Two prominent figures from the US Republican and Democratic parties have agreed on a strategy to contain Iran’s nuclear ambitions, beyond the 2015 nuclear deal.
The alternative plan was proposed by Democrat Bob Menendez, who represents New Jersey in the US Senate and serves as chairman of the Senate Foreign Relations Committee, and Republican Lindsey Graham, who represents South Carolina.
They both suggested a plan that ensures a broad and integrated bipartisan diplomatic approach aimed at containing Iran’s nuclear ambitions and limiting its destabilizing activities in the region.
“There is a common misperception that those of us who opposed the Iran nuclear deal are simply opposed to diplomacy with Iran,” they wrote in an article published in the Washington Post.
“Nothing could be further from the truth. In more than 25 years in Congress, we have consistently supported diplomacy backed by sanctions, with the objective of ending Iran’s dangerous nuclear plans and curbing its regional aggression.”
They urged President Joe Biden to think beyond the mere restoration of the nuclear deal, known as the Joint Comprehensive Plan of Action (JCPOA), which the Obama administration and its European partners, China and Russia, reached with Iran six years ago.
Menendez and Graham suggested a way to achieve a compromise that will find support among the countries of the region, meet Iran’s stated goal for peaceful nuclear power and avoid an arms race in the Middle East.
“We believe that countries that desire a peaceful, responsible nuclear power program to provide electricity and jobs to their people should be able to do so safely,” they noted.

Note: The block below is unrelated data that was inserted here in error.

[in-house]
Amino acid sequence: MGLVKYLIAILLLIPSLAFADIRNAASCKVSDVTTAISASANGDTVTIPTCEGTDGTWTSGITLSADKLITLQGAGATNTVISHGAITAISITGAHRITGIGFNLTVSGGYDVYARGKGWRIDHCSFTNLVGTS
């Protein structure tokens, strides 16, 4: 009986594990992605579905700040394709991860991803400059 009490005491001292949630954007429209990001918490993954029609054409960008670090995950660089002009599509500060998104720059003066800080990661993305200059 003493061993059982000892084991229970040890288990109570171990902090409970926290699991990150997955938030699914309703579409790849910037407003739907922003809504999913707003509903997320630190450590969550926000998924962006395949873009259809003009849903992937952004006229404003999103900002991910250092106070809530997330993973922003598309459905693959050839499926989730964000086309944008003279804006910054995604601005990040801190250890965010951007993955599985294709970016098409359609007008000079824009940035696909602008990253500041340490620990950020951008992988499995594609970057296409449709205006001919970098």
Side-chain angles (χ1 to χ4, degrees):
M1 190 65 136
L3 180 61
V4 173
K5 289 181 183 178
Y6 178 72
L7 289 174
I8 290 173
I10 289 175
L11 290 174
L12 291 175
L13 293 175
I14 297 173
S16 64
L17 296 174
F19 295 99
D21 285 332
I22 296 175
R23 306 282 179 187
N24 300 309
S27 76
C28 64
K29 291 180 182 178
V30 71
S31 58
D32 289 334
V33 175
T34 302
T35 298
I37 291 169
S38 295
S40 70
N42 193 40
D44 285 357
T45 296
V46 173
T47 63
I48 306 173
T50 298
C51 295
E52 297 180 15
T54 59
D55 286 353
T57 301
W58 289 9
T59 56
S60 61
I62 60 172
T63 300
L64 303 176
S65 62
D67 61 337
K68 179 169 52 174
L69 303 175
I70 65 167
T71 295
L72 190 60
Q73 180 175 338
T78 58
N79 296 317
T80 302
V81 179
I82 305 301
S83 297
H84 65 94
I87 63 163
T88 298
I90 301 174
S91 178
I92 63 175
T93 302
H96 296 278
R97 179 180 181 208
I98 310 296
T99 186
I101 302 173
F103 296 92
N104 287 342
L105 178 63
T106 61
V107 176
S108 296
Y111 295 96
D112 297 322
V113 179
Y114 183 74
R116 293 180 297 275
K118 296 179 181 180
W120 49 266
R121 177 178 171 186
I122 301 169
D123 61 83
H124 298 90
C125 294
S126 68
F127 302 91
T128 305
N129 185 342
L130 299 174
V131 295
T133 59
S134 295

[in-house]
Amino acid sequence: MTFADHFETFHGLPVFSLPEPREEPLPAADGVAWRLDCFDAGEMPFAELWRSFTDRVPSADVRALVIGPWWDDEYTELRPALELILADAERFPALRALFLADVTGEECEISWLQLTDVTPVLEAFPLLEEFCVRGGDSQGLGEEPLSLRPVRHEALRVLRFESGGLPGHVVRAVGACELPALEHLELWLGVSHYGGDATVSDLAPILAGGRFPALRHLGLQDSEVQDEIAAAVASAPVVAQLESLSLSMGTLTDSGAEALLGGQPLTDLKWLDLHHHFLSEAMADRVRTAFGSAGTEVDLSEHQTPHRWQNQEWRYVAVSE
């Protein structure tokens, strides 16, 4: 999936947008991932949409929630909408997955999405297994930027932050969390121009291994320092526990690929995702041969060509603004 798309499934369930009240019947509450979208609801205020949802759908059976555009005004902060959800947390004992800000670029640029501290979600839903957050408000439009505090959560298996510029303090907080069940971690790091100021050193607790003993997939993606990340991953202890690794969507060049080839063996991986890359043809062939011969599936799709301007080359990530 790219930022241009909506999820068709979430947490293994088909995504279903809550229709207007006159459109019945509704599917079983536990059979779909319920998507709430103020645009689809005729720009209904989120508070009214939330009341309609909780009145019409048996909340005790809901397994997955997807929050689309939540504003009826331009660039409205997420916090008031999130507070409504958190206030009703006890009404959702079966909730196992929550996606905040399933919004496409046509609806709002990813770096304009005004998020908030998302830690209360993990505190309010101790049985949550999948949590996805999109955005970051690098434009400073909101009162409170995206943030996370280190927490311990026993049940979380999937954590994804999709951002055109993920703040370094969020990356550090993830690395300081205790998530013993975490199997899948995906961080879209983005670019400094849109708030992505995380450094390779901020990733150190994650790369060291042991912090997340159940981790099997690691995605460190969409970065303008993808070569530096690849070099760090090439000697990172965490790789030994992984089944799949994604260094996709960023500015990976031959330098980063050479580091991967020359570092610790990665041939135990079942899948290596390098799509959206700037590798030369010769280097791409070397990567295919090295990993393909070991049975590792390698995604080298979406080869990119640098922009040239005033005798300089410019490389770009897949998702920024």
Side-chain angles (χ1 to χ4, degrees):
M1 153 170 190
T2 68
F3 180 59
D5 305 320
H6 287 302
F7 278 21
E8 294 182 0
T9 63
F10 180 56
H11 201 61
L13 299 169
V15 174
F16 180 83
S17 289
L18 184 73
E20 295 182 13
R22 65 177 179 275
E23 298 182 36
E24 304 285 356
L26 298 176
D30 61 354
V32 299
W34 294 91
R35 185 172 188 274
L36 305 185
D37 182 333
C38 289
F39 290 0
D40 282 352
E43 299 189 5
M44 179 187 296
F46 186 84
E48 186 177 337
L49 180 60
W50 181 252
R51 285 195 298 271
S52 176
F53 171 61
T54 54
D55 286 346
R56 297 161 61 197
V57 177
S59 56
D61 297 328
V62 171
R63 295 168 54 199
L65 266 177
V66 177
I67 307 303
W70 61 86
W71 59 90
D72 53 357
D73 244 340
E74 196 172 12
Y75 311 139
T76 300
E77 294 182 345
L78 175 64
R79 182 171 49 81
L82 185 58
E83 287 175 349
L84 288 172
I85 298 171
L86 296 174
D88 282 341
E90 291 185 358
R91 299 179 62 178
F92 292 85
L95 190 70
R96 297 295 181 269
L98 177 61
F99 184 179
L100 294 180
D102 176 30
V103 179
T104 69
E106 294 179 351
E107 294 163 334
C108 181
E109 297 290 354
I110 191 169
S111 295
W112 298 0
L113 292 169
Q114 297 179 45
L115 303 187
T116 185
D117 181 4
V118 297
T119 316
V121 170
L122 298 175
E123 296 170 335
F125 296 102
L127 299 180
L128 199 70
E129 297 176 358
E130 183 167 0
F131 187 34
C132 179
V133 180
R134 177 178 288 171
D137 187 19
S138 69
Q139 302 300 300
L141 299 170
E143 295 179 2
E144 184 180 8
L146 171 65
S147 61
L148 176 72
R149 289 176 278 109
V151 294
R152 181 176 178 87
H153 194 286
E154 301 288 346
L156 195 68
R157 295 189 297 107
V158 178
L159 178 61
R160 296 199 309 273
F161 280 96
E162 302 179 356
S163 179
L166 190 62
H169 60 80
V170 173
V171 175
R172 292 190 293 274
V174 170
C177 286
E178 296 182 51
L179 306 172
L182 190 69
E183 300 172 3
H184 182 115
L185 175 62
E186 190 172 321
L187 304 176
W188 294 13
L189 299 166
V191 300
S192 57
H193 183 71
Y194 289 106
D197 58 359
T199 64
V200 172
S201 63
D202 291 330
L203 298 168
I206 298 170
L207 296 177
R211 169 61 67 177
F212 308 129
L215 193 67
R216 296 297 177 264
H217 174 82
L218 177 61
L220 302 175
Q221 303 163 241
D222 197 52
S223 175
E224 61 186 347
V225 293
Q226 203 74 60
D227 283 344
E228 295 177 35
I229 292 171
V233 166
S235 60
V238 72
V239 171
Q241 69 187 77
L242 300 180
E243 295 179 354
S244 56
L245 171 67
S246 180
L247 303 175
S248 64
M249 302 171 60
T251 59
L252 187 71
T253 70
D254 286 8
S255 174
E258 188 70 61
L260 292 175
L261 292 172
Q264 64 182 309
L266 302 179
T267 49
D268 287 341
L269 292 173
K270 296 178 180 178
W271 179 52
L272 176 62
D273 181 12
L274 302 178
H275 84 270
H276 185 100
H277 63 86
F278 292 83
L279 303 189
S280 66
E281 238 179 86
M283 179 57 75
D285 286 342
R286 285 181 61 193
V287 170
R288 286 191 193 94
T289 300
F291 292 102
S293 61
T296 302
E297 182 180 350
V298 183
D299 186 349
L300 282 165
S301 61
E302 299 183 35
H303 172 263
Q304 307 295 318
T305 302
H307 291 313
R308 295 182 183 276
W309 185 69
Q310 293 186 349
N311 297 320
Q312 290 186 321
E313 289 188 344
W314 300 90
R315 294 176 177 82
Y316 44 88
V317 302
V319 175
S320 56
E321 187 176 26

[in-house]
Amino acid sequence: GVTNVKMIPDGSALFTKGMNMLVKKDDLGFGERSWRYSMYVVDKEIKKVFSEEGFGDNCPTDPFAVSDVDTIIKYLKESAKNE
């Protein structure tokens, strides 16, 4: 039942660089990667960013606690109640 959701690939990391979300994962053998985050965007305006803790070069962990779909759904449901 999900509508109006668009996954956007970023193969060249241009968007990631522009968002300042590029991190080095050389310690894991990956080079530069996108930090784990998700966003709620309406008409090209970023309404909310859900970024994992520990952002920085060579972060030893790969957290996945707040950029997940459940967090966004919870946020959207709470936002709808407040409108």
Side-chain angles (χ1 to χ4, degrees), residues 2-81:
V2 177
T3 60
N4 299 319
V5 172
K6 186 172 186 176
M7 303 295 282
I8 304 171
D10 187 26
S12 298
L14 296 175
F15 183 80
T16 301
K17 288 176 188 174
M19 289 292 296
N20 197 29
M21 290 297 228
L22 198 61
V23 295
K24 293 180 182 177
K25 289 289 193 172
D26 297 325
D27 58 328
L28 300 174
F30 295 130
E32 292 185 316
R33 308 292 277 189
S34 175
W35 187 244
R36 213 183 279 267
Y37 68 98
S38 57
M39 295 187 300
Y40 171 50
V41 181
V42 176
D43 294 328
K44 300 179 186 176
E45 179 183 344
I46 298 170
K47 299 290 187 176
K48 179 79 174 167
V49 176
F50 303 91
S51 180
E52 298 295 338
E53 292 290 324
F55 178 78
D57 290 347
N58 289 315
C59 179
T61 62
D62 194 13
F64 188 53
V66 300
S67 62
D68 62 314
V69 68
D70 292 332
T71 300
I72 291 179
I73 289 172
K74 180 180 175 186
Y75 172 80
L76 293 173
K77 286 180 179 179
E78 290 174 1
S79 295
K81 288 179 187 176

As a concrete step toward this end, they suggested building on a proposal made by various countries in the past that calls for “creating a regional nuclear fuel bank.”
Moreover, they stressed that following the Trump administration’s unilateral withdrawal and Iran’s ensuing escalatory nuclear advancements, the deal itself is “all but broken.”
In 2018, they warned that the world needed a diplomatic path to a solution, and that withdrawal without a diplomatic plan would lead to a more dangerous Iran.
“Indeed, Iran has raised the stakes, blocked the International Atomic Energy Agency inspectors, subsequently enriched uranium up to 60 percent, installed new advanced centrifuges and increased its stockpile of enriched uranium.”
The senators further accused Tehran of escalating tensions to build a stronger negotiating position.
They pointed to US intelligence reports, which indicated that Tehran and its allies “continue to plot terrorist attacks against US persons and interests,” while conducting destabilizing online influence operations and building up the region’s largest arsenal of ballistic missiles.
They wondered why diplomatic efforts are limited to controlling Iran’s nuclear program, while they should be seeking an approach that meaningfully constrains this behavior and the leverage Iran continues to derive from it.
“Even during the short time in which all parties were implementing the JCPOA, Iran continued transferring increasingly sophisticated arms to Hezbollah (in Lebanon), bolstering the brutal Bashar al-Assad regime in Syria and exploiting Houthi grievances in Yemen, where it has established growing influence.”
They underscored the importance of giving more sanctions relief if they are seeking more from Tehran.
The United States and the international community should capitalize on potential new regional diplomatic engagement and encourage broader negotiations to curb malign Iranian influence in the region, they suggested.
The senators finally called on the administration to work to ensure justice for all American citizens, including those who continue to be “unjustly detained” in Tehran.